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Relief at property prices rising

27th March 2014 Print
House prices

Usually, price rises aren’t met with a resounding applause. Peculiarly, house prices rising is met with fanfare across the media. When we consider that any other commodity, such as train tickets or food, price rises are cause for protest, this seems fairly suspect. 

Generally, house price increases are thought to be indicative of economic growth, but with the property ladder already challenging to get on to, aren’t we further pricing out non-home-owners.

Usually, the media will put itself on the side of the consumer, but in this case, property owners are coming out tops. This shows a clear distinction between who is favoured and who isn’t. There are always people who lose out when prices rise or fall, whether they are farmers or sweatshop workers.

However, contrary to the popular belief that rising house prices are good for the economy, there are others that believe that this is bad for the fiscal health of the country. We’ve become over-reliant on property and don’t invest in the stock market or small businesses instead.

Millions of property owners want house prices to keep on rising because this is their largest asset. Either they’re hoping to rely on it at pension age or they borrow more money than they can sustain and fall massively into negative equity – bad news for everyone.

House prices

The Rising Trend

In January, house prices rose at their fastest year-on-year rate since 2010. The housing market will continue to increase in value, after mild economic recovery across the UK (or at least in the south). Since January 2013, prices (on average) have shot up by 8.8%. That makes the average house price £176,491.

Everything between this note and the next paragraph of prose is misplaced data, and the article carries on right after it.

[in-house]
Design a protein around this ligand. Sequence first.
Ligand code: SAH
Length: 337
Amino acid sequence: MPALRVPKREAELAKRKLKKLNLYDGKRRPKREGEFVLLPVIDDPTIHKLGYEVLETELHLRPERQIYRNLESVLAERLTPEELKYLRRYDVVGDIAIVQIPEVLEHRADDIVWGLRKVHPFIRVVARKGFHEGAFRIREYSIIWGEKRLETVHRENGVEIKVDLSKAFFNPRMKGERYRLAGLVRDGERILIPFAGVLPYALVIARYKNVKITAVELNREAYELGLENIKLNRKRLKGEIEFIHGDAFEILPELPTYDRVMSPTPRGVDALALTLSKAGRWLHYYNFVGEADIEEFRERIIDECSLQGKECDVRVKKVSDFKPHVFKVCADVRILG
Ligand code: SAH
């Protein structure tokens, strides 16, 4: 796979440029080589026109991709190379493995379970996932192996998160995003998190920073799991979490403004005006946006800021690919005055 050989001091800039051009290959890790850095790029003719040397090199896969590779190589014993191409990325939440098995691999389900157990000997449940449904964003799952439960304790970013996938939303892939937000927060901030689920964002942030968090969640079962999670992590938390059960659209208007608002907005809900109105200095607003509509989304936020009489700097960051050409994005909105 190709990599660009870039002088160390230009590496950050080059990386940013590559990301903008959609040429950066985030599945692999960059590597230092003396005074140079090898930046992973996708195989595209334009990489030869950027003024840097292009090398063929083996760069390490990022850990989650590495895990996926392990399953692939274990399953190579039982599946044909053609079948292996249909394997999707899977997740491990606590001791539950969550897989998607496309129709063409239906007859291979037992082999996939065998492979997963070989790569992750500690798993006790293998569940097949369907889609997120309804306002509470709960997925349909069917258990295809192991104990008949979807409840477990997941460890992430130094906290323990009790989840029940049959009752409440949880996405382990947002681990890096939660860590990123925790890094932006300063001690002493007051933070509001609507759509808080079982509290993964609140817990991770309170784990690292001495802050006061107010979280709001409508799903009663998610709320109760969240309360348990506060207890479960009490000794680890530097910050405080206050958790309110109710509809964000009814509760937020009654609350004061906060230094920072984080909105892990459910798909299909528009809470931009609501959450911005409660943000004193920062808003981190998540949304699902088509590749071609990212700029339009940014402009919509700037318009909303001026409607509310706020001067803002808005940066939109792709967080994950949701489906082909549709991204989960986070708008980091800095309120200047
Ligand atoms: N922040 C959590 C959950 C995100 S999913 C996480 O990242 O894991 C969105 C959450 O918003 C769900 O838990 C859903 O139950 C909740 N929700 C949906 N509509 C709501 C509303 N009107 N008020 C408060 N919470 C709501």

There has been an increase in 2013 of first-time buyers, which has led to optimistic feelings about UK recovery. Schemes, such as the government’s Help to Buy, have played their part here.

In the last quarter of 2007, first time buyer’s mortgage repayments (as a percentage of take home pay) became a staggering 51.8%. And this is why, unsurprisingly, first time buyers are hesitant about making that important step towards a mortgage settlement.

Help To Buy

Home checklist

For any house – up to the price of £600,000 – first time buyers can take on equity loans from the government. You can’t sub-let your home through this scheme, but it only requires you to pay 5% of the property price as a deposit. The government will then loan you up to 20% of the price, so you have cheaper mortgage repayments. Click this conveyancing page for more buying support.

Within the first 5 years of owning your home, you won’t be charged loan fees. In the sixth year, you’ll be charged 1.75%. Because the home will be in your name, you can sell it any time you want, but you will have to pay back the equity loan. You can also pay off your equity loan without selling your house; either 10% or 20% of the total amount is acceptable.

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House prices Home checklist